FHIR resources are unified but differ in structure details. There are elements related to metadata (which describes what resource, ID, etc. is being used), possible extensions, narrative and data model. A narrative is a legacy element from the previous standards, which contains a human-readable summary of the clinical and business information for the resource. The core of every resource are data inside JSON tags, which are exchanged between various systems and can be further processed.

FHIR resources are based on the 80/20 rule – the basic FHIR should apply to 80% of cases and the remaining 20% are dedicated to special and rare cases. To be able to manage the latter, FHIR introduced the extensions, which are a standardised way of adding extra data to a resource.

What are profiles in FHIR?

Profiles in FHIR are used to customise resources for specific use cases. Healthcare organisations may specify which resources they want to use.

For example, a children’s clinic requires the information about “next of kin” (parents or legal guardians) to their patients. In such a case, we should define in a profile that a “patient” resource must always include this information in the clinic’s system, while not necessarily in other systems.

In other words, with profiles, FHIR allows the creation of a customised, more specific resource definition by specifying a set of constraints and extensions on the base resource. Thanks to a robust FHIR community, you can also choose from many lists of pre-made, most commonly used profiles for free. They can be found in the FHIR implementation guides (IG), for example, the US Core.

What are references in FHIR?

References are used to apply data granularity. They link a source resource to a target resource, for example, a resource called “Observations” can be linked to a resource named “Patient”. Let’s say that “Observation” relates to a certain patient’s weight measurement. A reference then links to a specific target resource, in this case, a patient’s ID. References make data exchange much simpler.

However, FHIR references don’t allow all patient data to be exchanged easily between hospitals using a single resource. It is possible but necessitates using several dozen FHIR resources to download all the necessary data from one hospital to another.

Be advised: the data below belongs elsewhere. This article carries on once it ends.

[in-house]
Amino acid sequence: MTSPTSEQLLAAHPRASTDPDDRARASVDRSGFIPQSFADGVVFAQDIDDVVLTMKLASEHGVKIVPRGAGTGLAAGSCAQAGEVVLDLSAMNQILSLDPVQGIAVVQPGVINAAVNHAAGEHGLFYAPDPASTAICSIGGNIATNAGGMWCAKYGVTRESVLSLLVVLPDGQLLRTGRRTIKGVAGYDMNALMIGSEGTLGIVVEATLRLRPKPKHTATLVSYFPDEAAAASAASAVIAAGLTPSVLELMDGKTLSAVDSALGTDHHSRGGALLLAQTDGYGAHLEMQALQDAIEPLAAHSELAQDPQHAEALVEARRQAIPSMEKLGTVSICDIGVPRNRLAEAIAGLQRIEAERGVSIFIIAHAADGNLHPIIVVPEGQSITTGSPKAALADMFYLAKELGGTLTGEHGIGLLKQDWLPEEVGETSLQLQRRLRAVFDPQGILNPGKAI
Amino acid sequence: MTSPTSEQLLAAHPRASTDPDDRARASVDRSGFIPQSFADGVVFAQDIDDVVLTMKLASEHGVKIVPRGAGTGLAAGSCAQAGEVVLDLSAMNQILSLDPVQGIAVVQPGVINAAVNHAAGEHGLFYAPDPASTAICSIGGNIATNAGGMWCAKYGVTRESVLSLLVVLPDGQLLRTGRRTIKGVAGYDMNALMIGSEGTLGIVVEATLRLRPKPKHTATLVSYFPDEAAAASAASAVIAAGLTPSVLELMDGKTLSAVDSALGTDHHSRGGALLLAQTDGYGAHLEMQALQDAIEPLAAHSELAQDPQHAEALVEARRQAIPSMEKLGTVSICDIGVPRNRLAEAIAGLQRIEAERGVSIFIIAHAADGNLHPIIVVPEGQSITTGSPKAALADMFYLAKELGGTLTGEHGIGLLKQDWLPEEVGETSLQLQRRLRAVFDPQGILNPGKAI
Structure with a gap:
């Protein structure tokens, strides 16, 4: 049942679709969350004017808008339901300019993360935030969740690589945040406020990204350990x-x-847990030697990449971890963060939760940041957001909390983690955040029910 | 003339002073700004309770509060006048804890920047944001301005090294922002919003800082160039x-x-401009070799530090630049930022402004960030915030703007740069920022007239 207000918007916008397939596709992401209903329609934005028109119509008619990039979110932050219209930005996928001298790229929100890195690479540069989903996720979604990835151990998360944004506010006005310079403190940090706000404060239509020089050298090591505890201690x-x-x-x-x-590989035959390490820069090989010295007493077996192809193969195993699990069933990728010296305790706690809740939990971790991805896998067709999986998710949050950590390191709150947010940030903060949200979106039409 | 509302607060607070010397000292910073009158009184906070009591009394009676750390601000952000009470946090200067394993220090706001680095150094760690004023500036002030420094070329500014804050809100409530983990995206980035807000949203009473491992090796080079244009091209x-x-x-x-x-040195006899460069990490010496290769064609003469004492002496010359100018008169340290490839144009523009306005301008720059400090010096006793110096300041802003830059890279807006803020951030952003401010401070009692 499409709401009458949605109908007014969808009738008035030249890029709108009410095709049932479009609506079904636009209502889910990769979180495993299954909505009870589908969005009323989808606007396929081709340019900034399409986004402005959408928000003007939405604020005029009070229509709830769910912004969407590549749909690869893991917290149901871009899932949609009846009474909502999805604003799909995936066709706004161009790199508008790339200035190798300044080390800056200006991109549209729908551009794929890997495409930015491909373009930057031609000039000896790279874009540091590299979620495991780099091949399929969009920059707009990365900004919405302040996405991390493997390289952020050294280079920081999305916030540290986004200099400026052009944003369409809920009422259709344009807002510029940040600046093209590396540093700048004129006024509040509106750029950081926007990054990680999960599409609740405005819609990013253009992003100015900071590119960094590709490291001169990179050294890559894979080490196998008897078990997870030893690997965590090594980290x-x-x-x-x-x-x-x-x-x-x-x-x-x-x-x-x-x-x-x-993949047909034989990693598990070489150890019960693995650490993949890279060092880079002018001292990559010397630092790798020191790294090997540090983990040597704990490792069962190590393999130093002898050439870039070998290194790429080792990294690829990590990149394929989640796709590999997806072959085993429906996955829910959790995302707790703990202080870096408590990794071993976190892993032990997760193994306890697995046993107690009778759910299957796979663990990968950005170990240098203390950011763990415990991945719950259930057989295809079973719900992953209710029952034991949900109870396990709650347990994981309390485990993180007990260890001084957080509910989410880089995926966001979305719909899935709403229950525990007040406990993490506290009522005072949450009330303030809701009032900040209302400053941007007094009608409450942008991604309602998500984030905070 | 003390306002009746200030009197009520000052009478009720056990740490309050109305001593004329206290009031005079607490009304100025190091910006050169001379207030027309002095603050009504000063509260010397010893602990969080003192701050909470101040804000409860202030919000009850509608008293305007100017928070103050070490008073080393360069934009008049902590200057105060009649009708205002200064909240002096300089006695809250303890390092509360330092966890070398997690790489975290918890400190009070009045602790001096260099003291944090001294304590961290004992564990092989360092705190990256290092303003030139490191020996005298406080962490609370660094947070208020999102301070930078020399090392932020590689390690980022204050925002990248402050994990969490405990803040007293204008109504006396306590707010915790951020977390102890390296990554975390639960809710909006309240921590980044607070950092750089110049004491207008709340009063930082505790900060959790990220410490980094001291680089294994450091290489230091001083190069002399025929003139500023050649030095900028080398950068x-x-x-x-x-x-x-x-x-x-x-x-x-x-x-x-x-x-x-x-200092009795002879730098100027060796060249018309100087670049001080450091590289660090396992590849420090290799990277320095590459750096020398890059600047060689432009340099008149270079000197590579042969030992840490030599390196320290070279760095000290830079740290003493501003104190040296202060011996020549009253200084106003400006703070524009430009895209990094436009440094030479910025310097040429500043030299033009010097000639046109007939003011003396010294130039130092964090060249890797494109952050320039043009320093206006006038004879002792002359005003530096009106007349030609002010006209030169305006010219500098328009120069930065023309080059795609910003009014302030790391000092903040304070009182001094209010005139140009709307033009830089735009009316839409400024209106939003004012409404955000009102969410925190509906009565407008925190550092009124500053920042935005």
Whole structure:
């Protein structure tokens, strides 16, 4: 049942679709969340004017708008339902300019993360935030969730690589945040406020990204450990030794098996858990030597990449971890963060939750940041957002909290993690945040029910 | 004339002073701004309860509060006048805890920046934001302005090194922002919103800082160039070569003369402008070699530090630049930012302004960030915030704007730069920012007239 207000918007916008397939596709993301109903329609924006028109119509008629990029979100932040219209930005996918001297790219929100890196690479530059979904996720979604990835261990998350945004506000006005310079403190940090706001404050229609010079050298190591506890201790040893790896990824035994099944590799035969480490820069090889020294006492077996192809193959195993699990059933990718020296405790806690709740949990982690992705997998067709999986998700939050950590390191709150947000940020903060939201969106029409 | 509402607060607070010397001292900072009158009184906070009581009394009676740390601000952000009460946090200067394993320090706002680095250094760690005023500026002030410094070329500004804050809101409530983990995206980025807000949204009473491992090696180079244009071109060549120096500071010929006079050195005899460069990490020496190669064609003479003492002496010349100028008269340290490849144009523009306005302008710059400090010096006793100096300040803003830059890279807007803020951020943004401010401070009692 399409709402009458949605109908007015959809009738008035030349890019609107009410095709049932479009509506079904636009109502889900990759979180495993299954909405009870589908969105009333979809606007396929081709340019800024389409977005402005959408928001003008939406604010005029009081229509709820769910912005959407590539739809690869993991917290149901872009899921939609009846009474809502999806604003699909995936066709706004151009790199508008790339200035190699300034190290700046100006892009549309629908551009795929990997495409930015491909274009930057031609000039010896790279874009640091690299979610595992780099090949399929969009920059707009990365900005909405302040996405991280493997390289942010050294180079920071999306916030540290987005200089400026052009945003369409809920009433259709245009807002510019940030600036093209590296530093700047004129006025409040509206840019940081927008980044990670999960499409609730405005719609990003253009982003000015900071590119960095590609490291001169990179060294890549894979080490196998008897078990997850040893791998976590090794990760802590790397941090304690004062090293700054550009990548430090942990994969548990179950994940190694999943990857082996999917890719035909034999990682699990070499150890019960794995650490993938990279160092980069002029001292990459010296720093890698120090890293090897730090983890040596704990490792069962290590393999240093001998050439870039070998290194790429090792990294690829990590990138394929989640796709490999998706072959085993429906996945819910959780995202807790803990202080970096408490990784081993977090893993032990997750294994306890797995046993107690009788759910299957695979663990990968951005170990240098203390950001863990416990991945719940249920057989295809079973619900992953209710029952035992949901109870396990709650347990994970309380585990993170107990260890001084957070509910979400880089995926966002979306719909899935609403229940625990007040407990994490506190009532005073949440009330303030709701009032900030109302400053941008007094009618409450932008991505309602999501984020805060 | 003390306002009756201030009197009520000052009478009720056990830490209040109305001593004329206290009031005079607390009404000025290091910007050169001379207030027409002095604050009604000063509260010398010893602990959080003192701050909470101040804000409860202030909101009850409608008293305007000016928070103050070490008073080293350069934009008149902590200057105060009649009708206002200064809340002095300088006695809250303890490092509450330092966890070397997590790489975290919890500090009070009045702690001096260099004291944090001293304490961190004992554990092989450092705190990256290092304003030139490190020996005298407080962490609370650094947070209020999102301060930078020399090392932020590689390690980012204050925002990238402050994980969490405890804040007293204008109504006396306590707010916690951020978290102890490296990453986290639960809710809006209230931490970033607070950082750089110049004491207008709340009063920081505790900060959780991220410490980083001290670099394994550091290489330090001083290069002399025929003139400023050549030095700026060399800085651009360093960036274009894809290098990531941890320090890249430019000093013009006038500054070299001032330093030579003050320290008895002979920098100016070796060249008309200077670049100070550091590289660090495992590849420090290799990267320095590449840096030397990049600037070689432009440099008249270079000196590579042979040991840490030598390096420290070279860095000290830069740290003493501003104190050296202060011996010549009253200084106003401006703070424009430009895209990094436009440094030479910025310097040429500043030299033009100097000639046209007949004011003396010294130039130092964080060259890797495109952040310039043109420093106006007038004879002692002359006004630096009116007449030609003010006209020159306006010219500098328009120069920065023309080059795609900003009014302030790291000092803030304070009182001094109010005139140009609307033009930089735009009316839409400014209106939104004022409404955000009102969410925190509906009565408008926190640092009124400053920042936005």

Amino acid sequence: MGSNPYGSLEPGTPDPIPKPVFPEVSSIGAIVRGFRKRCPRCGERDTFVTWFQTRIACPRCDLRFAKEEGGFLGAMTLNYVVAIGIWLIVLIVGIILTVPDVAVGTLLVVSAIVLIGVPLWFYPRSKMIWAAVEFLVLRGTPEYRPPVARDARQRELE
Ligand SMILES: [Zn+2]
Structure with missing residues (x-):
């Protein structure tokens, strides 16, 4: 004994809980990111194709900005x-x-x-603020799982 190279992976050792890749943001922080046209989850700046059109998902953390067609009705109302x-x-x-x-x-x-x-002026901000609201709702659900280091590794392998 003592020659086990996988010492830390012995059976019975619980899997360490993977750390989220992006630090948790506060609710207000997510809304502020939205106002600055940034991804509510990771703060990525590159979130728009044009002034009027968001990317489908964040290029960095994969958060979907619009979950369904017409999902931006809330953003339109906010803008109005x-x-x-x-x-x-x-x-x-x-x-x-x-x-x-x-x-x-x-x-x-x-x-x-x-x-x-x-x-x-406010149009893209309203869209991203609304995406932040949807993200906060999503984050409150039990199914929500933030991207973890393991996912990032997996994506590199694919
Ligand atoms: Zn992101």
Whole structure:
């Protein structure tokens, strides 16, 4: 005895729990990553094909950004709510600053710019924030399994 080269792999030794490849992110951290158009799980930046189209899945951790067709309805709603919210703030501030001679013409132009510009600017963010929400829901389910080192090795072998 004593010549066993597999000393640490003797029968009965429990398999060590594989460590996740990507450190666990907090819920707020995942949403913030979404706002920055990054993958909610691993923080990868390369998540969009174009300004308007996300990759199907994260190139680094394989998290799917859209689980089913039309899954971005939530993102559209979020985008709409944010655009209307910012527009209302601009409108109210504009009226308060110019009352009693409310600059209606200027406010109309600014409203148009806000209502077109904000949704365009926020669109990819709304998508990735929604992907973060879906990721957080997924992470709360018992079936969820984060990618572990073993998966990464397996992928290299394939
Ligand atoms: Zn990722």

What are the challenges in implementing FHIR?

Currently, the greatest difficulty in adopting FHIR is the quality of data across various systems. For example, research shows that there’s a wide variation in laboratory naming conventions in EHRs within and between hospitals in the US. The data is often unstructured text or inconsistently recorded, making it difficult to manage.

Is it worth adopting FHIR?

In March 2020, the US Centers for Medicare & Medical Services (CMS) released the Interoperability & Patient Access Rule to further improve electronic health care data exchange – sharing information with patients or between a payer and a provider or between two payers. The reinforcement date for the rule is January 1, 2023.

To enable a more seamless method of exchanging information, the CMS regulations include policies, which require or encourage the implementation of APIs that can connect to mobile apps or to a provider EHR or practice management system. CMS recommends that organisations should use FHIR for implementing the APIs to meet the new requirements. Therefore, now is the right time to adopt the standard as it will soon become a necessity rather than an option.

Our team can help you build software integrated with the FHIR standard that will meet all the requirements of the CMS regulation as well as integrate your current software with another system that uses FHIR. Contact us for more information.

About the author

Małgorzata Kruszyńska

Małgorzata Kruszynska

Business Researcher